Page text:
Summer is a time for reading. At least, that is what the literary types would have us believe, with their lists of best summer reads in the press and summer reading special offers in the shops. Happily, I concur – one of the best things about summer holidays is having time to read. Before we go away, I plan my summer reading meticulously – we usually camp, so with no TV and radio, and limited access to scrolling the internet on the phone, there is plenty of time to read. This year, I took two carefully chosen books. The first was Maggie O’Farrell’s Hamnet. This was something new to me, as I’ve never read anything by this author before, but I knew I had to read it – I love Shakespeare, and having lived in Stratford-upon-Avon for years, felt like I had a personal connection to many of the places featured in the novel. It turned out to be a good choice, as I absolutely loved it; it’s beautifully written, offering a fresh perspective that felt utterly authentic and true to what Shakespeare means to me. It becomes yet another book I wish I could have written. The second book was David Mitchell’s Number 9 Dream – one of his earlier novels, but I’ve been saving it, as I like knowing there are still books by my favourite authors that I haven’t read yet. I knew I was going to enjoy this because I love Mitchell’s writing, and it didn’t disappoint. If you are still looking for a good read this summer, I highly recommend both these titles.
However, my third summer read is something that definitely hasn’t been recommended in the special offers or top tens. That’s because I had a sudden urge to reread one of my own old novels. Have You Got That Book…? is a novel I wrote back in the late nineties, when I was working for Waterstone’s (in the afore-mentioned Stratford-upon-Avon, as it happens). When I last wrote about it in my blog, I said that I didn’t think there was a future for the novel; it was written as chick-lit, and while I think I put more depth into it than some examples of that genre, it was still very much of its type. I concluded that it wasn’t very well written, and as it didn’t fit with my other writing and changing it to make it fit would change it too much, it was filed away in limbo, likely to remain that way permanently.
And yet, it is still a novel, complete and substantial. When I write to literary agents, it is included in my portfolio of work as one of two novels in first draft form. People who read it enjoyed it. I spent over two years working on it, and the characters and stories are imprinted in my head. So it was with some curiosity that I returned to it this week. I only planned on reading a few sections, just to relive the emotions that I put into those key chapters. I was expecting to feel toe-curling embarrassment at the standard of writing, vindicating my previous decision. And yet, that didn’t happen. One chapter lead to another, and then back to another, and before long, I had reread the whole thing. And I didn’t hate it. In fact, I really enjoyed it. Yes, I could see mistakes, and simple things that I would change if I had the chance – there is so much drinking, coffee, tea, all kinds of alcohol, it’s literally swilling with liquids! But I didn’t want to change any of the characters, and none of the plot. It is chick-lit, but I think, and I dare to say, it is good chick-lit. The main characters are not just stereo-types but are believable and engaging. The structure is tight, with the multiple plot-lines sitting well alongside each other. It has a classic story arc, with enough twists along the way to keep the reader entertained. And it has some cracking dialogue that made me laugh out loud. For a long time, I have come to think of this novel as something to be ashamed of, a guilty past that I had to hide away. But I now think I have been unfair on myself. I haven’t read any of that genre for ages, but I think it would stand up well alongside any of the bestselling chick-lit that is currently being published. And that’s nothing to be ashamed of.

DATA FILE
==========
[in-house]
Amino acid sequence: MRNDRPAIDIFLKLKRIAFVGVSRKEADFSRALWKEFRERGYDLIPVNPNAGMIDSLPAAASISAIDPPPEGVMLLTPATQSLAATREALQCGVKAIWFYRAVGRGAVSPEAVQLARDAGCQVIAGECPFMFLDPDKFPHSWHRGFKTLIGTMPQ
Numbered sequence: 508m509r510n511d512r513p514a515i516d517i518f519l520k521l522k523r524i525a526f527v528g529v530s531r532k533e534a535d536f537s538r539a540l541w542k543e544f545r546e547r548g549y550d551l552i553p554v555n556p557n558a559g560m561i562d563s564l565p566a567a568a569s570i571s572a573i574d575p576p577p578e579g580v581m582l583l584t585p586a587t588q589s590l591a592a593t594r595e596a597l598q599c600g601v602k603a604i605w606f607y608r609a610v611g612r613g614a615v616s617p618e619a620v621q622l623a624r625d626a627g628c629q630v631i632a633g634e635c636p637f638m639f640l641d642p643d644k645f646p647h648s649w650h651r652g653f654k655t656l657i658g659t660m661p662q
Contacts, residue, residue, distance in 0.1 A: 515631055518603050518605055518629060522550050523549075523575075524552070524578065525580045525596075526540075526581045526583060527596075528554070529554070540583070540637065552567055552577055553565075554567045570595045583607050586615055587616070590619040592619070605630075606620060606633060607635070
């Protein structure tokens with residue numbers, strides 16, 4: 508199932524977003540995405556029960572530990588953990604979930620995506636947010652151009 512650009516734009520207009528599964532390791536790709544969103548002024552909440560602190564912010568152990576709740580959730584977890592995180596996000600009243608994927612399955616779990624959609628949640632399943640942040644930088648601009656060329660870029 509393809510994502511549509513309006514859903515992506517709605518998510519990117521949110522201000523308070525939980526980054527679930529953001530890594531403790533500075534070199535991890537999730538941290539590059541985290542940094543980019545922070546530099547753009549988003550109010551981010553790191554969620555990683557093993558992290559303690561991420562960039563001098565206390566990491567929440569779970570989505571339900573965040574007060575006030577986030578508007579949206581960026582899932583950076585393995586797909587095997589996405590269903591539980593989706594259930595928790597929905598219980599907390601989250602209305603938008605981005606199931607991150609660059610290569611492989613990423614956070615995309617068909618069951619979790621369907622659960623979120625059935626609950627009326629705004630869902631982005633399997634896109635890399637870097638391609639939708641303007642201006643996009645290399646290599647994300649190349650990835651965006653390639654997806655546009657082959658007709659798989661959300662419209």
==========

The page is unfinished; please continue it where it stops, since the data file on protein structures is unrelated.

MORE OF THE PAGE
But where does that leave the novel? Will anyone ever read it again besides me? It only exists as a collection of files on my computer, and it would really have to be severely edited before it was fit for general consumption again. But I wouldn’t change it from what it was, and more importantly, I would not be averse to it being read again. I love the characters that I created and would be happy to share them with other people. And it doesn’t matter that it doesn’t fit with my other novels – it is what it is, my first and only chick-lit novel. Who knows, maybe someday, under some other pen-name, it might find its way back to the bookshop –perfect summer reading.